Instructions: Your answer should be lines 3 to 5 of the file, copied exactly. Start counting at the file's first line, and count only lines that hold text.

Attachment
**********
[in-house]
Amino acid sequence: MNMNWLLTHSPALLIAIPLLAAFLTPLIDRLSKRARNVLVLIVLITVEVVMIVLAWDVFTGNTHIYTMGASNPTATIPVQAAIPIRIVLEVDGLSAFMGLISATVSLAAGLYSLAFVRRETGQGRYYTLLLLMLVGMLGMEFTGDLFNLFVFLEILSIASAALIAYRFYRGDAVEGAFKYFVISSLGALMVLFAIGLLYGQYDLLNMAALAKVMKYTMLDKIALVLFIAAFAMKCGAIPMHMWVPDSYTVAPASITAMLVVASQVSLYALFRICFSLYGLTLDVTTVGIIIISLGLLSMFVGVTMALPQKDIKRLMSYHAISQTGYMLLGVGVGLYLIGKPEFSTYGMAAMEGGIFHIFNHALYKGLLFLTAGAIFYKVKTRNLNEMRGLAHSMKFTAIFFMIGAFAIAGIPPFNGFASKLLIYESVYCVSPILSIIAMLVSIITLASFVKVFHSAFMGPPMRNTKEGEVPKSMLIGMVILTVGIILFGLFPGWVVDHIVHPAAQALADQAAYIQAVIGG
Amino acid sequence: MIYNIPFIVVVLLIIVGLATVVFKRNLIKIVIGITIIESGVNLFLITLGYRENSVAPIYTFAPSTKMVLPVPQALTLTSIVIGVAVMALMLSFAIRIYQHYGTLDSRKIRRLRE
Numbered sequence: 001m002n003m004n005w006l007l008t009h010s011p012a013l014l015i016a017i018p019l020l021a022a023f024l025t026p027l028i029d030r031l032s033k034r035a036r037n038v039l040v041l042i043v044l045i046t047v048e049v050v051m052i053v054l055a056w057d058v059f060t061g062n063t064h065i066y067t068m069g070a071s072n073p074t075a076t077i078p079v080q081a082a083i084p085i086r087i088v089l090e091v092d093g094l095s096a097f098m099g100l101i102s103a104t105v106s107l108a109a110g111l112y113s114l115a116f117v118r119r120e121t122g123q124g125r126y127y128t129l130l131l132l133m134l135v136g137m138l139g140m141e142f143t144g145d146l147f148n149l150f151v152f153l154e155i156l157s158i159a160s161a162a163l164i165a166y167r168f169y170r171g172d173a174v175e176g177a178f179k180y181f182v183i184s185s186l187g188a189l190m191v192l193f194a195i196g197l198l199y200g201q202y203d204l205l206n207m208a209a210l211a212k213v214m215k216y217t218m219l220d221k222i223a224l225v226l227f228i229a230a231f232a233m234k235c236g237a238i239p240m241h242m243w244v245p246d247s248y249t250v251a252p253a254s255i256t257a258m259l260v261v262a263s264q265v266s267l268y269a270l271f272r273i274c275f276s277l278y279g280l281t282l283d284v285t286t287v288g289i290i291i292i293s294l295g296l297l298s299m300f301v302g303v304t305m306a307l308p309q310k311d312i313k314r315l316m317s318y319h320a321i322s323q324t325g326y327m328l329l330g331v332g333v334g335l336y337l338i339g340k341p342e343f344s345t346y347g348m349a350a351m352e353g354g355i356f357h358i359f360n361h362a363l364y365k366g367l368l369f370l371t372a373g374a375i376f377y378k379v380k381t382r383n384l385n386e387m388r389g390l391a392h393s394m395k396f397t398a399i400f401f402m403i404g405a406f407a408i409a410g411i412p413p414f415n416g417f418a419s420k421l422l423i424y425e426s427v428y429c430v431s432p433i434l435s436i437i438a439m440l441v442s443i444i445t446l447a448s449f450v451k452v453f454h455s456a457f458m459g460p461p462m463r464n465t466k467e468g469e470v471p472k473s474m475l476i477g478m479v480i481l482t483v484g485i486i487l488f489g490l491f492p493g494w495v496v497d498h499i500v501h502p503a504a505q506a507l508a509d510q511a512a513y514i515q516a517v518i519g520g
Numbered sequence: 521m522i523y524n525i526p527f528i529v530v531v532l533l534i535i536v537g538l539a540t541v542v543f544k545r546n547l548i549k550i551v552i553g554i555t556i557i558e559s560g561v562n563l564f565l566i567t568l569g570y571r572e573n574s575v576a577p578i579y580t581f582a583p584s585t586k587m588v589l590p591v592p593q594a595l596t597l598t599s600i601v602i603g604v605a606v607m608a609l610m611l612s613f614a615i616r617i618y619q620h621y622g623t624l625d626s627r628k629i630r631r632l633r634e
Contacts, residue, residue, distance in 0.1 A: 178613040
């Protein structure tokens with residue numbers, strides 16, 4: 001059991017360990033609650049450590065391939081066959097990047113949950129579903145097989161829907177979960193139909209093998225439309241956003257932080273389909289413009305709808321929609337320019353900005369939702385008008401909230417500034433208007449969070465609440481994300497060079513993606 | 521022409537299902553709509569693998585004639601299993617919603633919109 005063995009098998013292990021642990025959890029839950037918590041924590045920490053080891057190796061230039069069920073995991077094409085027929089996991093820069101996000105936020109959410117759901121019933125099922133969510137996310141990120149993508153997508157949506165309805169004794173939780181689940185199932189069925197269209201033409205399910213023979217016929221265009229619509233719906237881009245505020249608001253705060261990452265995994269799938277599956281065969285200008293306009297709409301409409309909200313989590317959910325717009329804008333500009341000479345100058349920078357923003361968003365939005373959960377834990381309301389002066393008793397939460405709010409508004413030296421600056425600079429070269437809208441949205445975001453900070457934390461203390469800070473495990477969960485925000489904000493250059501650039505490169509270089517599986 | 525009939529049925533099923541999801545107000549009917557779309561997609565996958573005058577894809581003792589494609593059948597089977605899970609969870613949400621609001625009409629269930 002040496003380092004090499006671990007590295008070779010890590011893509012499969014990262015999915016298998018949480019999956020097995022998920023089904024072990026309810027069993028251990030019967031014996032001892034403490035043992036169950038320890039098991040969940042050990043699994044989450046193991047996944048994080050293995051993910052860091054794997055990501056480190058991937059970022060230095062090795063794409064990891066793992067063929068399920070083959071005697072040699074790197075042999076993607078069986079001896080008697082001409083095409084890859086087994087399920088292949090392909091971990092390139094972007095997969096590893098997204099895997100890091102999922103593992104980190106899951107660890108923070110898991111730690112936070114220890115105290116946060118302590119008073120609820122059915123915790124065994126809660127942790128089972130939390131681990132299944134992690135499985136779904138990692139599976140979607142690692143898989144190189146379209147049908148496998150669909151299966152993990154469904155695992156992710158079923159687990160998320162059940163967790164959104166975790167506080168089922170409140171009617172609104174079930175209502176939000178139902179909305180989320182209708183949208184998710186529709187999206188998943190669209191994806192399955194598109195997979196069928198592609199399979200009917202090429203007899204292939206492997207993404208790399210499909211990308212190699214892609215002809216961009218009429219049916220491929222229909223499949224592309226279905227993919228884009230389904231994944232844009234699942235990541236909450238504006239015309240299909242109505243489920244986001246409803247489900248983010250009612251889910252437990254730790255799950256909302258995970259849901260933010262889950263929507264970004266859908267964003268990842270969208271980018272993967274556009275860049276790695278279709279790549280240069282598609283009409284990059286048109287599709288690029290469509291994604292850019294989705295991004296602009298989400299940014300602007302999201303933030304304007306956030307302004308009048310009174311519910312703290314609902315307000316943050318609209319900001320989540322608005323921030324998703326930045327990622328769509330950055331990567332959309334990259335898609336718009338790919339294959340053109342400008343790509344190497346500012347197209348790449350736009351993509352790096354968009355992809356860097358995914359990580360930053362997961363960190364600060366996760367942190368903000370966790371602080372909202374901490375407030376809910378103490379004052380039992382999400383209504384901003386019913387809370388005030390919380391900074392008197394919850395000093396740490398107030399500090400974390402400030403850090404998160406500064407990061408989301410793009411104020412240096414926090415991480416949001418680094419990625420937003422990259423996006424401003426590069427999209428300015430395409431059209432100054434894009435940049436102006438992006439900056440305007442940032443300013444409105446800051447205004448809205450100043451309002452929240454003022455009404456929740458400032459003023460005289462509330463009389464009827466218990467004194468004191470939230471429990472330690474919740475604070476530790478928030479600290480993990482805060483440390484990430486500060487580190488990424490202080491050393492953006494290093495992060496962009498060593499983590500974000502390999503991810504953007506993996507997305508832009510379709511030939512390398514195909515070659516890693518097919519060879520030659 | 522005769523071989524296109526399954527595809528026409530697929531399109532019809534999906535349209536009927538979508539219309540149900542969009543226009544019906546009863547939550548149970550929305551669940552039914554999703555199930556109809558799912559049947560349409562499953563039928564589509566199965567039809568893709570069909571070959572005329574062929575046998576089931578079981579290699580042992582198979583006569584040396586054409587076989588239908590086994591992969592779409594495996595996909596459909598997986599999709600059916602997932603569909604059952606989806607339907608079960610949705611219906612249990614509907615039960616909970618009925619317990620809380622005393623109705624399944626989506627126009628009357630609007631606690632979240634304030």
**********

Amino acid sequence: MIYNIPFIVVVLLIIVGLATVVFKRNLIKIVIGITIIESGVNLFLITLGYRENSVAPIYTFAPSTKMVLPVPQALTLTSIVIGVAVMALMLSFAIRIYQHYGTLDSRKIRRLRE
Numbered sequence: 001m002n003m004n005w006l007l008t009h010s011p012a013l014l015i016a017i018p019l020l021a022a023f024l025t026p027l028i029d030r031l032s033k034r035a036r037n038v039l040v041l042i043v044l045i046t047v048e049v050v051m052i053v054l055a056w057d058v059f060t061g062n063t064h065i066y067t068m069g070a071s072n073p074t075a076t077i078p079v080q081a082a083i084p085i086r087i088v089l090e091v092d093g094l095s096a097f098m099g100l101i102s103a104t105v106s107l108a109a110g111l112y113s114l115a116f117v118r119r120e121t122g123q124g125r126y127y128t129l130l131l132l133m134l135v136g137m138l139g140m141e142f143t144g145d146l147f148n149l150f151v152f153l154e155i156l157s158i159a160s161a162a163l164i165a166y167r168f169y170r171g172d173a174v175e176g177a178f179k180y181f182v183i184s185s186l187g188a189l190m191v192l193f194a195i196g197l198l199y200g201q202y203d204l205l206n207m208a209a210l211a212k213v214m215k216y217t218m219l220d221k222i223a224l225v226l227f228i229a230a231f232a233m234k235c236g237a238i239p240m241h242m243w244v245p246d247s248y249t250v251a252p253a254s255i256t257a258m259l260v261v262a263s264q265v266s267l268y269a270l271f272r273i274c275f276s277l278y279g280l281t282l283d284v285t286t287v288g289i290i291i292i293s294l295g296l297l298s299m300f301v302g303v304t305m306a307l308p309q310k311d312i313k314r315l316m317s318y319h320a321i322s323q324t325g326y327m328l329l330g331v332g333v334g335l336y337l338i339g340k341p342e343f344s345t346y347g348m349a350a351m352e353g354g355i356f357h358i359f360n361h362a363l364y365k366g367l368l369f370l371t372a373g374a375i376f377y378k379v380k381t382r383n384l385n386e387m388r389g390l391a392h393s394m395k396f397t398a399i400f401f402m403i404g405a406f407a408i409a410g411i412p413p414f415n416g417f418a419s420k421l422l423i424y425e426s427v428y429c430v431s432p433i434l435s436i437i438a439m440l441v442s443i444i445t446l447a448s449f450v451k452v453f454h455s456a457f458m459g460p461p462m463r464n465t466k467e468g469e470v471p472k473s474m475l476i477g478m479v480i481l482t483v484g485i486i487l488f489g490l491f492p493g494w495v496v497d498h499i500v501h502p503a504a505q506a507l508a509d510q511a512a513y514i515q516a517v518i519g520g
Numbered sequence: 521m522i523y524n525i526p527f528i529v530v531v532l533l534i535i536v537g538l539a540t541v542v543f544k545r546n547l548i549k550i551v552i553g554i555t556i557i558e559s560g561v562n563l564f565l566i567t568l569g570y571r572e573n574s575v576a577p578i579y580t581f582a583p584s585t586k587m588v589l590p591v592p593q594a595l596t597l598t599s600i601v602i603g604v605a606v607m608a609l610m611l612s613f614a615i616r617i618y619q620h621y622g623t624l625d626s627r628k629i630r631r632l633r634e